This action might not be possible to undo. Are you sure you want to continue?
Phone: 206.685.8278 firstname.lastname@example.org http://depts.washington.edu/psywc/handouts.shtml
Summarizing a Research Article Research articles use a standard format to clearly communicate information about an experiment. A research article usually has seven major sections: Title, Abstract, Introduction, Method, Results, Discussion, and References. Sometimes there are minor variations, such as a combined Results and Discussion section, or an overall General Discussion section in which multiple experiments are presented in one article. Reading the Article Allow enough time. Allot at least half the time that you spend on this assignment to reading and understanding the article. Before you can write about the research, you have to understand it. This takes more time than most students realize. Does the author's study make sense to you in lay terms (could you explain the study to your roommate)? When you can clearly explain the study in your own words, then you are ready to write about it. Here's how to proceed. Scan the article first. If you try to read a new article from start to finish, you'll get bogged down in detail. Instead, use your knowledge of APA format to find the main points. Briefly look at each section to identify: • the research question and reason for the study (stated in the Introduction) • the hypothesis or hypotheses tested (Introduction) • how the hypothesis was tested (Method) • the findings (Results, including tables and figures) • how the findings were interpreted (Discussion) Underline key sentences or write the key point (e.g., hypothesis, design) of each paragraph in the margin. Although the abstract can help you to identify the main points, you cannot rely on it exclusively, because it contains highly condensed information. Read for depth, read interactively. After you have highlighted the main points, read each section several times. As you read, ask yourself these questions: • How does the design of the study address the question posed? • What are the controls for each experiment? • How convincing are the results? Are any of the results surprising? • What does this study contribute toward answering the original question? • What aspects of the original question remain unanswered? Plagiarism. Plagiarism is always a risk when summarizing someone else’s work. To avoid it: • Take notes in your own words. Avoid writing complete sentences when note-taking. • Summarize points in your own words. If you find yourself sticking closely to the original language and making only minor changes to the wording, then you probably don't understand the study (see our handout, "Plagiarism and Student Writing").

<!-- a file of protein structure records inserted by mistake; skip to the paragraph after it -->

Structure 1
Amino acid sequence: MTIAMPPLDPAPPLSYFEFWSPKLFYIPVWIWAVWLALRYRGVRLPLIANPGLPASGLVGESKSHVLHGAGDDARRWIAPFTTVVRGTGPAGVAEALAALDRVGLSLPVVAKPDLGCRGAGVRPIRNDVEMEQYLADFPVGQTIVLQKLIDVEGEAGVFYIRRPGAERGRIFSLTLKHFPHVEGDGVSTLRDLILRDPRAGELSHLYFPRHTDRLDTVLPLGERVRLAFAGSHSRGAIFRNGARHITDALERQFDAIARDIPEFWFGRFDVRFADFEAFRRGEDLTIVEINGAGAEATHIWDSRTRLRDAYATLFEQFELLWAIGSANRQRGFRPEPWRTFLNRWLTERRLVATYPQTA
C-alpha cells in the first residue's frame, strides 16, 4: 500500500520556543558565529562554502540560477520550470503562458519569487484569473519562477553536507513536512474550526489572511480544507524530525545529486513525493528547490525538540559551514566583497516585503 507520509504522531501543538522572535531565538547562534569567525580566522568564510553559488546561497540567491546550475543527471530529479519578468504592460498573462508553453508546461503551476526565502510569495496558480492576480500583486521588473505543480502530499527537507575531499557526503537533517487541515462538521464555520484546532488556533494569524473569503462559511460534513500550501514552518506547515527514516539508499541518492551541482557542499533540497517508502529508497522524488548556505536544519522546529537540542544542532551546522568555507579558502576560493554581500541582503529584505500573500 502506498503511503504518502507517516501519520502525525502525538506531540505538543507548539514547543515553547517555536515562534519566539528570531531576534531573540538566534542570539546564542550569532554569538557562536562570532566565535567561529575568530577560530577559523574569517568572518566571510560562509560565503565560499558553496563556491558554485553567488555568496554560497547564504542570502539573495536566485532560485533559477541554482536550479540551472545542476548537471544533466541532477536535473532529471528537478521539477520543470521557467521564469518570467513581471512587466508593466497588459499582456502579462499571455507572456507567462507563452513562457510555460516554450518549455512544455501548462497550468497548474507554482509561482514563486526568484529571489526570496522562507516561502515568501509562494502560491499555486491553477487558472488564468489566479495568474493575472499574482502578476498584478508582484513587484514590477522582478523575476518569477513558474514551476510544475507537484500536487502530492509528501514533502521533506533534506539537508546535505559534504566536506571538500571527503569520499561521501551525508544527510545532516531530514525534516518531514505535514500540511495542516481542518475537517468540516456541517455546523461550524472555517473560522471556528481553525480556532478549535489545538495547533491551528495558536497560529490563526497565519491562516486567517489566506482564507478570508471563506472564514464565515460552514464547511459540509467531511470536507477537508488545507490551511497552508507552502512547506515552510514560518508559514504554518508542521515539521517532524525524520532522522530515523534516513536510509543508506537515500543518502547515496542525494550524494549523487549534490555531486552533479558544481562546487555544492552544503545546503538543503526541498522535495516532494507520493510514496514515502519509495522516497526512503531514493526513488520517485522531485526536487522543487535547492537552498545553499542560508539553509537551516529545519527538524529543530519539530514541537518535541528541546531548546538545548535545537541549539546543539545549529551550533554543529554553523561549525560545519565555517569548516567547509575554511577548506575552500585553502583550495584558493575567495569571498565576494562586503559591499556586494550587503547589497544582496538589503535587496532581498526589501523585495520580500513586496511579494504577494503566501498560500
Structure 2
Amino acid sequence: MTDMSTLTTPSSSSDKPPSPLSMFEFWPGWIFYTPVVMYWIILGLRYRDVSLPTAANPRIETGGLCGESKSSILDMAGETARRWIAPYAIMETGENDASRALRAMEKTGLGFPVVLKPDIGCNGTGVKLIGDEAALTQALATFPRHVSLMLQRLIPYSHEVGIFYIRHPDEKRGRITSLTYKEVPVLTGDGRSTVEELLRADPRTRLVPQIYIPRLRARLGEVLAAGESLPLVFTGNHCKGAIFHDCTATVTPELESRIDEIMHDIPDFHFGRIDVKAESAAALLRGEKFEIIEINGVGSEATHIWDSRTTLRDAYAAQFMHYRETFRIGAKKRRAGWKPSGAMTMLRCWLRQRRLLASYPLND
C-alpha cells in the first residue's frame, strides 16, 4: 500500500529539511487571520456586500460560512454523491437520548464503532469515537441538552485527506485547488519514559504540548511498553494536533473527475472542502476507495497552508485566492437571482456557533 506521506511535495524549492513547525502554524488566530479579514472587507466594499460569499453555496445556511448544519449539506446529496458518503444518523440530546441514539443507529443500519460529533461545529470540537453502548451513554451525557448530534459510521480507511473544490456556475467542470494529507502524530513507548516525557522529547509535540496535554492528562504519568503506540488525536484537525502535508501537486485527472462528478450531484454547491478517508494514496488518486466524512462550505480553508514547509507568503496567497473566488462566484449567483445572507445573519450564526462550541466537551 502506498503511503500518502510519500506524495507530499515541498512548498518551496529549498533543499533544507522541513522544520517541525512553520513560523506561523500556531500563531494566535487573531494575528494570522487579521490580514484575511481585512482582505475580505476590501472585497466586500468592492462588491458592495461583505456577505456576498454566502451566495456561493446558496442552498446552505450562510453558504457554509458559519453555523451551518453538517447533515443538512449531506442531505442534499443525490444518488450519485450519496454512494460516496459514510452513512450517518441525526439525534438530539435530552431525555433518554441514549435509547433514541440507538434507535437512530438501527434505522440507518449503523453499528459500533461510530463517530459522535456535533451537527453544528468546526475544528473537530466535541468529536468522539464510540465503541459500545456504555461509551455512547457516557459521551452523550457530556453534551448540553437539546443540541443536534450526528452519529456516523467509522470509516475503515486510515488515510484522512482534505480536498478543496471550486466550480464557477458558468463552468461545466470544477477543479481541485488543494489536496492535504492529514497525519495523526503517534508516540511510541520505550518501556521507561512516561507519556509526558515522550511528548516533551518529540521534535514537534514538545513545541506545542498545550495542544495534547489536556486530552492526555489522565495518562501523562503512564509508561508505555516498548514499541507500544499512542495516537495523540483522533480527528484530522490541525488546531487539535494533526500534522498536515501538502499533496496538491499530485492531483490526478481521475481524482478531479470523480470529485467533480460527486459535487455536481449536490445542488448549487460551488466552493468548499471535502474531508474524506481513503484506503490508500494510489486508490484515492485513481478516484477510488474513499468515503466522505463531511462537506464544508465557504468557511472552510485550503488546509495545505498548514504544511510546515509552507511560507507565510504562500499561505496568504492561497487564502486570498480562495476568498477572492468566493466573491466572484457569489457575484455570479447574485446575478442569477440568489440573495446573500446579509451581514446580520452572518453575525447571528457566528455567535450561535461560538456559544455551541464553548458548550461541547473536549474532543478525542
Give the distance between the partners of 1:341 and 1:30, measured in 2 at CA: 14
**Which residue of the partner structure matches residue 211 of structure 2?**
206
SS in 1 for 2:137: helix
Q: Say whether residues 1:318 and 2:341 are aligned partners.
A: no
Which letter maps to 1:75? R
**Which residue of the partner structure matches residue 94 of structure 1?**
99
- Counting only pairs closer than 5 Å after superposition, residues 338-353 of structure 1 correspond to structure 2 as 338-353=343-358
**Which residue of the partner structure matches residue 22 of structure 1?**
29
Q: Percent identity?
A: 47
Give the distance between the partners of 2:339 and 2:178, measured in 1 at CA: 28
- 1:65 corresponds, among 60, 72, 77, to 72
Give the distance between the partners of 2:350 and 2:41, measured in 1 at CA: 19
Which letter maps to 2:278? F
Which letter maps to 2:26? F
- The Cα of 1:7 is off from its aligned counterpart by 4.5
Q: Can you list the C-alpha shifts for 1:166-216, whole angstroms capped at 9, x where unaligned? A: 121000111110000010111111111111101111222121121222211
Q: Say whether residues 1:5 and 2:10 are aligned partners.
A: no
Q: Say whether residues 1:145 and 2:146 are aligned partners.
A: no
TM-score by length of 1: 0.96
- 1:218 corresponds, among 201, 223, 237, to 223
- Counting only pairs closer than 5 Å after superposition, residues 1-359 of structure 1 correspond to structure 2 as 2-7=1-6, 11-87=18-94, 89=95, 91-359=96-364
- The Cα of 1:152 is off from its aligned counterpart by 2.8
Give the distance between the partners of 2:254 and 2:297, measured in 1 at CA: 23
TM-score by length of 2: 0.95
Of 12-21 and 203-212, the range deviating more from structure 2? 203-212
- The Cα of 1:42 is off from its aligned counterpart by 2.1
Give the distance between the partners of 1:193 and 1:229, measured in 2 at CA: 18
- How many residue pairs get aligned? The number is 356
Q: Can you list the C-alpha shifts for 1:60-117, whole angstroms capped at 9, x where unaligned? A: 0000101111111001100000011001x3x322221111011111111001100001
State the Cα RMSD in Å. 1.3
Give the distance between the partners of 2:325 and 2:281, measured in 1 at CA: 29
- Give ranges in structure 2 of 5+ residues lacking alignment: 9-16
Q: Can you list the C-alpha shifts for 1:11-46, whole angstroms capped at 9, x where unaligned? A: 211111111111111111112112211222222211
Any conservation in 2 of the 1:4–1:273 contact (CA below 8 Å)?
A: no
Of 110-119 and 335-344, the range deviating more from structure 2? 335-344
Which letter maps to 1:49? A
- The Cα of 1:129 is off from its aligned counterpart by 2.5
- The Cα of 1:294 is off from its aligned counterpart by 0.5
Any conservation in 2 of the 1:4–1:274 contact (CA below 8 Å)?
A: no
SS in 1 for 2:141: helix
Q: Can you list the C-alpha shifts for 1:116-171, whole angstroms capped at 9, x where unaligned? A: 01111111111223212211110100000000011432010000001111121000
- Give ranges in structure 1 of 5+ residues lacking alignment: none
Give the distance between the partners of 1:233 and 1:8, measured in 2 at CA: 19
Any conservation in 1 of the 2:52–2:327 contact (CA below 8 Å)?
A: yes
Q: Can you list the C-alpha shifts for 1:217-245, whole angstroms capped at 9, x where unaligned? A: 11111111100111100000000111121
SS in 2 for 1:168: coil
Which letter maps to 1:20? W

Copyright 1997- 2005, University of Washington 4/6/05
including most adverbs ("very". procedure. Write to an intelligent. not length (it will probably be too long). Stay focused on the research question. yourself. should relate directly to the hypothesis. the purpose of an article summary is to give the reader a brief. A Short Guide to Writing About Biology. what was measured [dependent variables]. For the first draft. More commonly. Expect your readers to be interested. Edit for style. the easier it is to explain it thoroughly and briefly. be concise. "this illustrates" should be "this result illustrates"). • The results. • State the research question and explain why it is interesting (1 sentence). structured overview of the study. New York: Harper Collins. your classmates). If you have trouble on one section. What differences were significant? (1-3 sentences). leave it for a while and try another. • Eliminate wordiness. Add information for completeness where necessary. 3rd ed. and avoid generalities.pdf . (1997). • State the hypothesis/hypotheses tested (1 sentence). For example.g. The Methods summary is often the most difficult part to edit.Writing the Summary Like an abstract in a published research article. • Describe the results. Edit for completeness and accuracy. The better you understand a subject. • Use specific. materials. J.) • Re-read what you have written.g. See the questions under 'Reading interactively' to help you decide what is important to include. To write a good summary. you will need to cut redundant or less important information. Avoid overstating the importance of the findings (1 sentence).. and the interpretation of the results. You "support" or "fail to find support for" them. identify what information is important and condense that information for your reader. • Rely primarily on paraphrasing. Instead. interested. not direct quotes. but don't make them struggle to understand you. Reference Pechenik. Adjust the length accordingly depending on the content of your particular article. concrete language. 1982). don't assume that they are already understood. • Briefly describe the methods (design. if you understand the article. methods and results first. Use the same order as in the article itself. Avoid vague references (e. University of Washington 04/09/04 summarizing. Condense later as needed. "clearly"). Use precise language and cite specific examples to support assertions. • Use scientifically accurate language. paraphrase what you have read. and slightly lazy audience (e. Write a first draft. "The results clearly showed that there was no difference between the groups” can be shortened to "There was no significant difference between the groups". focus on content. Direct quotes are seldom used in scientific writing. how data were analyzed (1-3 sentences). Try writing about the hypotheses. participants. cite the author's last name and the year of the study (Smith. naive. Copyright 1997-2004. then about the introduction and discussion last. Include all the important details. (See our “APA Citations” handout. The number of suggested sentences given in parentheses below is only a rough guideline for the relative length of each section. you cannot "prove" hypotheses (especially with just one study). what was manipulated [independent variables]. To give due credit for information that you paraphrase. • Explain the key implications of the results. Ask others to read it to catch things that you’ve missed.